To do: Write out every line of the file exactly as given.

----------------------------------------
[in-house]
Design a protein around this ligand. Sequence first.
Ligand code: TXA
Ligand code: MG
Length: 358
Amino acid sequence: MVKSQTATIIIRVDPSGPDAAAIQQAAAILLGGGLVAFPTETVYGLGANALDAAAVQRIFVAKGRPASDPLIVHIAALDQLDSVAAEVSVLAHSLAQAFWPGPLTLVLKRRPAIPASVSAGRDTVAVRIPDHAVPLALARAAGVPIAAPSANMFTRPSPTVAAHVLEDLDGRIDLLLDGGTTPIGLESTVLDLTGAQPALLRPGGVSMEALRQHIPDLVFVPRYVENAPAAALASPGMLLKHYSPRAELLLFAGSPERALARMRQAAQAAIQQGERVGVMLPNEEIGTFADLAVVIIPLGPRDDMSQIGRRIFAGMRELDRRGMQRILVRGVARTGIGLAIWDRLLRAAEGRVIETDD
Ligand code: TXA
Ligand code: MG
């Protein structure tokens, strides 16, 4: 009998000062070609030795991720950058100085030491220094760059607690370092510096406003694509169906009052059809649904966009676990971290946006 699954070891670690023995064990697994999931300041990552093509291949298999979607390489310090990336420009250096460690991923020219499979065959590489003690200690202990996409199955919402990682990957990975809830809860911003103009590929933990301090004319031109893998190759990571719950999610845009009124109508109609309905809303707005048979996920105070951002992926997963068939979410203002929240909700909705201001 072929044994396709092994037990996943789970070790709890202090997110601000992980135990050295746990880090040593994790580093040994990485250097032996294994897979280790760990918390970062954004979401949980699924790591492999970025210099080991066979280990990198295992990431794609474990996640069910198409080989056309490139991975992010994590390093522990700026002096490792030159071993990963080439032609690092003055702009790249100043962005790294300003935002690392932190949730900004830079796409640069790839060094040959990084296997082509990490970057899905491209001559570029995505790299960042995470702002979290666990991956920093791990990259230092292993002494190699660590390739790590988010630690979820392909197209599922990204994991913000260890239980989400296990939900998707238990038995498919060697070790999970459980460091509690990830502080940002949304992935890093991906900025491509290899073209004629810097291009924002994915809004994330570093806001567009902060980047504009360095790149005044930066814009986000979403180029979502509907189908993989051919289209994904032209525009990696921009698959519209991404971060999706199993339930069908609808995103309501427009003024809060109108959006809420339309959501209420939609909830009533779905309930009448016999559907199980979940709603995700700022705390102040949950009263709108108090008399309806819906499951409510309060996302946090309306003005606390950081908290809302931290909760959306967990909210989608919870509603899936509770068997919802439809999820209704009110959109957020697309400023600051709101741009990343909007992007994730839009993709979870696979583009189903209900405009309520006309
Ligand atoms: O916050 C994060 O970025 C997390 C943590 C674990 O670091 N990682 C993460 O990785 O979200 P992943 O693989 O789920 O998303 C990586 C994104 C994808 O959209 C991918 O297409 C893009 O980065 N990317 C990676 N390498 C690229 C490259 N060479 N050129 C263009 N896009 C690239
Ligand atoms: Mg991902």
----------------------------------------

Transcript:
[in-house]
Design a protein around this ligand. Sequence first.
Ligand code: TXA
Ligand code: MG
Length: 358
Amino acid sequence: MVKSQTATIIIRVDPSGPDAAAIQQAAAILLGGGLVAFPTETVYGLGANALDAAAVQRIFVAKGRPASDPLIVHIAALDQLDSVAAEVSVLAHSLAQAFWPGPLTLVLKRRPAIPASVSAGRDTVAVRIPDHAVPLALARAAGVPIAAPSANMFTRPSPTVAAHVLEDLDGRIDLLLDGGTTPIGLESTVLDLTGAQPALLRPGGVSMEALRQHIPDLVFVPRYVENAPAAALASPGMLLKHYSPRAELLLFAGSPERALARMRQAAQAAIQQGERVGVMLPNEEIGTFADLAVVIIPLGPRDDMSQIGRRIFAGMRELDRRGMQRILVRGVARTGIGLAIWDRLLRAAEGRVIETDD
Ligand code: TXA
Ligand code: MG
């Protein structure tokens, strides 16, 4: 009998000062070609030795991720950058100085030491220094760059607690370092510096406003694509169906009052059809649904966009676990971290946006 699954070891670690023995064990697994999931300041990552093509291949298999979607390489310090990336420009250096460690991923020219499979065959590489003690200690202990996409199955919402990682990957990975809830809860911003103009590929933990301090004319031109893998190759990571719950999610845009009124109508109609309905809303707005048979996920105070951002992926997963068939979410203002929240909700909705201001 072929044994396709092994037990996943789970070790709890202090997110601000992980135990050295746990880090040593994790580093040994990485250097032996294994897979280790760990918390970062954004979401949980699924790591492999970025210099080991066979280990990198295992990431794609474990996640069910198409080989056309490139991975992010994590390093522990700026002096490792030159071993990963080439032609690092003055702009790249100043962005790294300003935002690392932190949730900004830079796409640069790839060094040959990084296997082509990490970057899905491209001559570029995505790299960042995470702002979290666990991956920093791990990259230092292993002494190699660590390739790590988010630690979820392909197209599922990204994991913000260890239980989400296990939900998707238990038995498919060697070790999970459980460091509690990830502080940002949304992935890093991906900025491509290899073209004629810097291009924002994915809004994330570093806001567009902060980047504009360095790149005044930066814009986000979403180029979502509907189908993989051919289209994904032209525009990696921009698959519209991404971060999706199993339930069908609808995103309501427009003024809060109108959006809420339309959501209420939609909830009533779905309930009448016999559907199980979940709603995700700022705390102040949950009263709108108090008399309806819906499951409510309060996302946090309306003005606390950081908290809302931290909760959306967990909210989608919870509603899936509770068997919802439809999820209704009110959109957020697309400023600051709101741009990343909007992007994730839009993709979870696979583009189903209900405009309520006309
Ligand atoms: O916050 C994060 O970025 C997390 C943590 C674990 O670091 N990682 C993460 O990785 O979200 P992943 O693989 O789920 O998303 C990586 C994104 C994808 O959209 C991918 O297409 C893009 O980065 N990317 C990676 N390498 C690229 C490259 N060479 N050129 C263009 N896009 C690239
Ligand atoms: Mg991902």